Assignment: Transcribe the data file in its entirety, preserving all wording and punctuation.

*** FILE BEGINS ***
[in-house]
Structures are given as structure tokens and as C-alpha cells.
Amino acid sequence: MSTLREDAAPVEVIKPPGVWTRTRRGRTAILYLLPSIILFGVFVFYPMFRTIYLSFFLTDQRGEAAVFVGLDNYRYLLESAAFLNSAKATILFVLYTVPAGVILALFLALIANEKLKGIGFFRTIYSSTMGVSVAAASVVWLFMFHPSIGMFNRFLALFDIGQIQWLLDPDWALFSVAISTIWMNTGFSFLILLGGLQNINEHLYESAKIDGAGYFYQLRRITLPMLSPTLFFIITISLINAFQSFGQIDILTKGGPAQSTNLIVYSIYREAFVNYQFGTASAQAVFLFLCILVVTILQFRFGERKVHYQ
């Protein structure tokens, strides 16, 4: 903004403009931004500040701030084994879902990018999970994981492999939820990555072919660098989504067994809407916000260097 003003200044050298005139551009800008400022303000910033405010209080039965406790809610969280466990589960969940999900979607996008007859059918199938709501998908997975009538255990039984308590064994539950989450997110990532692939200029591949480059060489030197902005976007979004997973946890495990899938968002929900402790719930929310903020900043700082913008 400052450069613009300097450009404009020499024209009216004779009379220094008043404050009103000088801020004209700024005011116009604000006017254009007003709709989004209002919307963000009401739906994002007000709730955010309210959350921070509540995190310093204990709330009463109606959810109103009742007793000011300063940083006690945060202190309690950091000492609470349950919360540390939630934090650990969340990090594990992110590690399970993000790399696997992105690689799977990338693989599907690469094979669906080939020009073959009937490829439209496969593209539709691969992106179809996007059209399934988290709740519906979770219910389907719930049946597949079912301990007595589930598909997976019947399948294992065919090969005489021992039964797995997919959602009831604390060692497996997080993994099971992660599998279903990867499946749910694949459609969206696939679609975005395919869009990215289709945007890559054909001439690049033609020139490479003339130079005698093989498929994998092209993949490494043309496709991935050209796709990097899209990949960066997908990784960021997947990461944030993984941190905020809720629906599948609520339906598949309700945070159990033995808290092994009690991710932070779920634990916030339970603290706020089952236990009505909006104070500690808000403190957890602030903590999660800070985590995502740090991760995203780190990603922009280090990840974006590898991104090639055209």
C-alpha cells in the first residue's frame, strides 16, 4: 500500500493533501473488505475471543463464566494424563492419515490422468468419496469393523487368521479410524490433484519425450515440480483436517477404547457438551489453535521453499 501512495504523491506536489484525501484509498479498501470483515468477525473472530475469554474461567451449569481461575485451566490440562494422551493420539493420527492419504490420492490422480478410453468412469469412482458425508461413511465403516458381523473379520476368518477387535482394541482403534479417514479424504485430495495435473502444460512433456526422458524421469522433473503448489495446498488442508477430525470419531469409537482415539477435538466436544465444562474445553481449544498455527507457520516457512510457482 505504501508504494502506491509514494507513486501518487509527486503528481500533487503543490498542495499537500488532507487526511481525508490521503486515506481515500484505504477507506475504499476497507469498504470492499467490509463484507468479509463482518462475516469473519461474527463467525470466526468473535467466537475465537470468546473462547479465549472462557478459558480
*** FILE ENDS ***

[in-house]
Structures are given as structure tokens and as C-alpha cells.
Amino acid sequence: MSTLREDAAPVEVIKPPGVWTRTRRGRTAILYLLPSIILFGVFVFYPMFRTIYLSFFLTDQRGEAAVFVGLDNYRYLLESAAFLNSAKATILFVLYTVPAGVILALFLALIANEKLKGIGFFRTIYSSTMGVSVAAASVVWLFMFHPSIGMFNRFLALFDIGQIQWLLDPDWALFSVAISTIWMNTGFSFLILLGGLQNINEHLYESAKIDGAGYFYQLRRITLPMLSPTLFFIITISLINAFQSFGQIDILTKGGPAQSTNLIVYSIYREAFVNYQFGTASAQAVFLFLCILVVTILQFRFGERKVHYQ
């Protein structure tokens, strides 16, 4: 903004403009931004500040701030084994879902990018999970994981492999939820990555072919660098989504067994809407916000260097 003003200044050298005139551009800008400022303000910033405010209080039965406790809610969280466990589960969940999900979607996008007859059918199938709501998908997975009538255990039984308590064994539950989450997110990532692939200029591949480059060489030197902005976007979004997973946890495990899938968002929900402790719930929310903020900043700082913008 400052450069613009300097450009404009020499024209009216004779009379220094008043404050009103000088801020004209700024005011116009604000006017254009007003709709989004209002919307963000009401739906994002007000709730955010309210959350921070509540995190310093204990709330009463109606959810109103009742007793000011300063940083006690945060202190309690950091000492609470349950919360540390939630934090650990969340990090594990992110590690399970993000790399696997992105690689799977990338693989599907690469094979669906080939020009073959009937490829439209496969593209539709691969992106179809996007059209399934988290709740519906979770219910389907719930049946597949079912301990007595589930598909997976019947399948294992065919090969005489021992039964797995997919959602009831604390060692497996997080993994099971992660599998279903990867499946749910694949459609969206696939679609975005395919869009990215289709945007890559054909001439690049033609020139490479003339130079005698093989498929994998092209993949490494043309496709991935050209796709990097899209990949960066997908990784960021997947990461944030993984941190905020809720629906599948609520339906598949309700945070159990033995808290092994009690991710932070779920634990916030339970603290706020089952236990009505909006104070500690808000403190957890602030903590999660800070985590995502740090991760995203780190990603922009280090990840974006590898991104090639055209």
C-alpha cells in the first residue's frame, strides 16, 4: 500500500493533501473488505475471543463464566494424563492419515490422468468419496469393523487368521479410524490433484519425450515440480483436517477404547457438551489453535521453499 501512495504523491506536489484525501484509498479498501470483515468477525473472530475469554474461567451449569481461575485451566490440562494422551493420539493420527492419504490420492490422480478410453468412469469412482458425508461413511465403516458381523473379520476368518477387535482394541482403534479417514479424504485430495495435473502444460512433456526422458524421469522433473503448489495446498488442508477430525470419531469409537482415539477435538466436544465444562474445553481449544498455527507457520516457512510457482 505504501508504494502506491509514494507513486501518487509527486503528481500533487503543490498542495499537500488532507487526511481525508490521503486515506481515500484505504477507506475504499476497507469498504470492499467490509463484507468479509463482518462475516469473519461474527463467525470466526468473535467466537475465537470468546473462547479465549472462557478459558480